I know this time of year is difficult for the sportsmen who get their added energy from the sound of a deer busting branches on a frosty morning as it gets wind of your presence. Or for the hunter missing that rush of adrenaline felt as a pair of deer cross your path, clearing a twitch trail and fading into the shadows of the forest before you ever cocked the hammer on the Winchester.
This month can deliver relentless pain if every time you dig into the dusty corner of your wallet you confront a hunting license still gripping a deer tag. Yes, I agree that an 11-month wait can seem like eternity, especially if the VCR in your mind won’t stop replaying those taped highlights of that spike-horn buck you tripped over just a few days back.
If for some unknown reason you’re seeing full-color sketches of a 10-point buck you missed on opening day, my best advice to you is don’t share this story with anyone. Past experience has proved that other hunters are greatly energized by feeding off someone else’s misfortune. If this mishap should settle on the wrong ears, you could spend a lifetime trying to shed that skin. The last thing you want is to be carved up like a piece of pie at Thanksgiving by relatives who couldn’t hit a deer if it was chained to their porch.
I realize this month can be just as difficult for the fisherman staring at a rack of idle fishing rods, suffering from the lack of outboard fumes as the bow of his boat splits the water. Try not to dwell on the memory of that 5-pound salmon spitting your hook as your fishing buddy caught only a few scales on the rim of your net. I find many anglers are reminded enough. Usually every time they visit a mirror and see the faded scar on their earlobe that came from the rear hook of a Greyghost that an angry landlocked salmon released. Periodically the scar looks worse when jolted by the echo of that famous line from your coffee-logged fishing partner who’s sprawled across the front seat of your boat. “Whoa! That was one huge fish, make a swing back through there and I’ll pick him up for you.”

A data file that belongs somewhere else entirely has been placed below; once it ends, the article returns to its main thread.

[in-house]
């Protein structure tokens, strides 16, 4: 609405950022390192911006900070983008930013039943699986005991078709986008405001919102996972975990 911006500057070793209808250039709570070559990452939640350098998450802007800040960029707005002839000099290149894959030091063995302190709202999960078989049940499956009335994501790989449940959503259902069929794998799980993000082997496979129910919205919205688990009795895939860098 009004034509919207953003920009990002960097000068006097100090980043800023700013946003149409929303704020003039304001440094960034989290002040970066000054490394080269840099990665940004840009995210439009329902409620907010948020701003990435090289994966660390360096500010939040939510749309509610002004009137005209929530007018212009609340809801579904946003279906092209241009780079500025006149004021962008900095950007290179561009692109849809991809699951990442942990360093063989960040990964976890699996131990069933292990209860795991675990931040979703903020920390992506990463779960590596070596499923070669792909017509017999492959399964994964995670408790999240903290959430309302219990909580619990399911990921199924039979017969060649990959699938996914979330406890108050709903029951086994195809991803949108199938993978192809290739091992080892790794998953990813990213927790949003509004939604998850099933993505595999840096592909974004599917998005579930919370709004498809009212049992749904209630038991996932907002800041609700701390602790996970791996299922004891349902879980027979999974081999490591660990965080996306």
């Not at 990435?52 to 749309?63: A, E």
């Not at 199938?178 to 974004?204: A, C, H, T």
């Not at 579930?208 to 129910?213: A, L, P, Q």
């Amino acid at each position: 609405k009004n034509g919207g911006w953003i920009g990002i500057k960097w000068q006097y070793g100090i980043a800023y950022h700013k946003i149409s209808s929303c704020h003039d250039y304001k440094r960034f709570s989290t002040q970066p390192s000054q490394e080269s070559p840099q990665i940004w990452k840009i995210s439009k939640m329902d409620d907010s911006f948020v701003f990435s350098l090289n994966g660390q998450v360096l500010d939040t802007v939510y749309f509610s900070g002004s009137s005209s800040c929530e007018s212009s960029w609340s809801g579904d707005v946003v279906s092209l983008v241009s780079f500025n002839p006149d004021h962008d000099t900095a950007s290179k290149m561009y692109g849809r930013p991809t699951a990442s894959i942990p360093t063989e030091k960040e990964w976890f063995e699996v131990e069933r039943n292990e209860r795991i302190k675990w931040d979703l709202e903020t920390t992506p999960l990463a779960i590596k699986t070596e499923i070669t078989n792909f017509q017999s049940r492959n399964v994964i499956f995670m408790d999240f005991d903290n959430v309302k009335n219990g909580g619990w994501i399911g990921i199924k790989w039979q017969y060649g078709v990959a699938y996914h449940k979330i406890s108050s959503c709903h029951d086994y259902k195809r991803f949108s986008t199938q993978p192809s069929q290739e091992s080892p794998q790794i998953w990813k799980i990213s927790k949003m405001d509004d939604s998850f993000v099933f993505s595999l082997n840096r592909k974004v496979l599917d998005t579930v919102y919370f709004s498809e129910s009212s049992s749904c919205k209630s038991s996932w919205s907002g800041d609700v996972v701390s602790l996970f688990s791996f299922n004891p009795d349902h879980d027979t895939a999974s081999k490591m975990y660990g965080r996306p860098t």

We could fill this void between seasons by spying packages beneath the Christmas tree looking for gifts preferably about 81/2 feet in length, with a disk-shaped device at one end. But this is no challenge, especially when the ivory handle of a Pflueger reel has pierced the wrapping paper. Believe me, you’re better served not dwelling on these odd-shaped gifts This way you can almost convince yourself you haven’t a clue what’s hidden beneath the paper. This makes for a more realistic expression on your face when your wife lays it across your lap and jumps back saying, “You’ll never guess this present.”
Instead, while the ice is still forming on the lakes and your snowshoes are waiting to come out of hibernation, put a few more miles on this season’s hunting license.
Untangle the abandoned decoys hanging in your garage and fire up the outboard before the lights are turned off and the door slams shut on Maine’s sea duck hunting season.
Avid hunter Steve Strout of Somesville reported the Frenchmen Bay area seems to be occupying a larger than usual number of birds this season. There has been a healthy abundance of eiders and white wing scoters occupying airspace, Strout said. One reason contributing to the heavy traffic of ducks in the area could be what seems to be a decline of hunting pressure this season, Strout said.
So before the Jan. 20 deadline expires, scoop a handful of steel-shot shells out of your gun cabinet, and make tracks for the coast.
The entire state received a setback in the snow and ice category this past weekend. Up until this unseasonable weather, lakes around the state were a couple weeks ahead of schedule. In The County, Long Lake lost as much as 6 inches of ice over the weekend, leaving it with open water on Monday.
Answer to last week’s question: What is the largest antlered mammal in North America after the moose? Elk.
Question: True or false: The grizzly bear is larger than the Alaskan brown bear.
– NEWS staffer Terry Farren, email@example.com.